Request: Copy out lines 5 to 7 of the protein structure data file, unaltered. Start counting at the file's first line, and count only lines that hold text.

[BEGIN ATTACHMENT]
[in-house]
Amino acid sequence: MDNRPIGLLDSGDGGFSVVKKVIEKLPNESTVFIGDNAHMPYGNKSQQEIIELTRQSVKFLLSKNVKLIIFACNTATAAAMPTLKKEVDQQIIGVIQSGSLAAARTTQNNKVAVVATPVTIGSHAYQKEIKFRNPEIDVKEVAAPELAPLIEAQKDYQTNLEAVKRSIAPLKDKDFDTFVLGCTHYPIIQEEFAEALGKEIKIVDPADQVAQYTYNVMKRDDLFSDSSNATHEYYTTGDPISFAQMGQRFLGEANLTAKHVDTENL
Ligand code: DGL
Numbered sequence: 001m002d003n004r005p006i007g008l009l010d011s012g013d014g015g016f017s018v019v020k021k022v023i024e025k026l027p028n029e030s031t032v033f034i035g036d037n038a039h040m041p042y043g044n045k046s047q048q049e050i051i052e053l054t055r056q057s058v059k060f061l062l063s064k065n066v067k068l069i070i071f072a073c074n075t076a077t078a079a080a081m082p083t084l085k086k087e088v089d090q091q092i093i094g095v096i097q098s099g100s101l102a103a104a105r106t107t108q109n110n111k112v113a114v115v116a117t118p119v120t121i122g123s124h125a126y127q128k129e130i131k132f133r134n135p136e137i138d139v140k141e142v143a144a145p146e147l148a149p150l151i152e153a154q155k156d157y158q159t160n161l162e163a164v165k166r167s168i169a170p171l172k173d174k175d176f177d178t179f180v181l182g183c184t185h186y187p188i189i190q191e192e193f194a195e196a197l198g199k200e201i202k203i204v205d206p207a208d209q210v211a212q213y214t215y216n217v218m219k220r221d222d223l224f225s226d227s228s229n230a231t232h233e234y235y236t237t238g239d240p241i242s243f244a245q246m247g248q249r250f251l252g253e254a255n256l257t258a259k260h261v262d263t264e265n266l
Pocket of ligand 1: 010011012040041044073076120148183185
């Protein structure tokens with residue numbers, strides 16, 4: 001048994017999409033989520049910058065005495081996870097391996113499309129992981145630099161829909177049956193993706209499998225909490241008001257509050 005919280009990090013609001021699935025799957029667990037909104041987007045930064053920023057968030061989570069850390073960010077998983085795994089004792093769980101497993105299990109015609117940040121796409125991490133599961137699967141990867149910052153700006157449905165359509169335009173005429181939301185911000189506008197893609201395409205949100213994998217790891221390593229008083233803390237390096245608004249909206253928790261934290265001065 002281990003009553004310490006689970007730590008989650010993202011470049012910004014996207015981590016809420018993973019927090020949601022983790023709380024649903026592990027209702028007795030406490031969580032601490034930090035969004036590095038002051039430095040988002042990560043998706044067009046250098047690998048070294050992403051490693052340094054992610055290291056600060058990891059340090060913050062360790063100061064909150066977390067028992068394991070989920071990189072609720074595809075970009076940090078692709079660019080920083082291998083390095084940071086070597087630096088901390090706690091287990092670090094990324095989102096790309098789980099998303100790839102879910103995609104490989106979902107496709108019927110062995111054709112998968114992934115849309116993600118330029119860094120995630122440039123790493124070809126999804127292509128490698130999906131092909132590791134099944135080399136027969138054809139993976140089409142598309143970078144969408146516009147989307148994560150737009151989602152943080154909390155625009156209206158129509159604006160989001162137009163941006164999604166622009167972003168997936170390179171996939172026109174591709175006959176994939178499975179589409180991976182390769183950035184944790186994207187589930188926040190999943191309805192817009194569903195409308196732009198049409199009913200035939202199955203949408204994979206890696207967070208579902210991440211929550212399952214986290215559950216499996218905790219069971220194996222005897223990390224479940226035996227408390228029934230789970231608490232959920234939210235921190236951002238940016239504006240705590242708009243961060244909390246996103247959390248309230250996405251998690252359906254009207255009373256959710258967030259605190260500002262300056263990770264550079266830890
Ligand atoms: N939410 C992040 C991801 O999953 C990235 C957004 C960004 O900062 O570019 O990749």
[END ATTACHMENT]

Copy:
Pocket of ligand 1: 010011012040041044073076120148183185
């Protein structure tokens with residue numbers, strides 16, 4: 001048994017999409033989520049910058065005495081996870097391996113499309129992981145630099161829909177049956193993706209499998225909490241008001257509050 005919280009990090013609001021699935025799957029667990037909104041987007045930064053920023057968030061989570069850390073960010077998983085795994089004792093769980101497993105299990109015609117940040121796409125991490133599961137699967141990867149910052153700006157449905165359509169335009173005429181939301185911000189506008197893609201395409205949100213994998217790891221390593229008083233803390237390096245608004249909206253928790261934290265001065 002281990003009553004310490006689970007730590008989650010993202011470049012910004014996207015981590016809420018993973019927090020949601022983790023709380024649903026592990027209702028007795030406490031969580032601490034930090035969004036590095038002051039430095040988002042990560043998706044067009046250098047690998048070294050992403051490693052340094054992610055290291056600060058990891059340090060913050062360790063100061064909150066977390067028992068394991070989920071990189072609720074595809075970009076940090078692709079660019080920083082291998083390095084940071086070597087630096088901390090706690091287990092670090094990324095989102096790309098789980099998303100790839102879910103995609104490989106979902107496709108019927110062995111054709112998968114992934115849309116993600118330029119860094120995630122440039123790493124070809126999804127292509128490698130999906131092909132590791134099944135080399136027969138054809139993976140089409142598309143970078144969408146516009147989307148994560150737009151989602152943080154909390155625009156209206158129509159604006160989001162137009163941006164999604166622009167972003168997936170390179171996939172026109174591709175006959176994939178499975179589409180991976182390769183950035184944790186994207187589930188926040190999943191309805192817009194569903195409308196732009198049409199009913200035939202199955203949408204994979206890696207967070208579902210991440211929550212399952214986290215559950216499996218905790219069971220194996222005897223990390224479940226035996227408390228029934230789970231608490232959920234939210235921190236951002238940016239504006240705590242708009243961060244909390246996103247959390248309230250996405251998690252359906254009207255009373256959710258967030259605190260500002262300056263990770264550079266830890
Ligand atoms: N939410 C992040 C991801 O999953 C990235 C957004 C960004 O900062 O570019 O990749």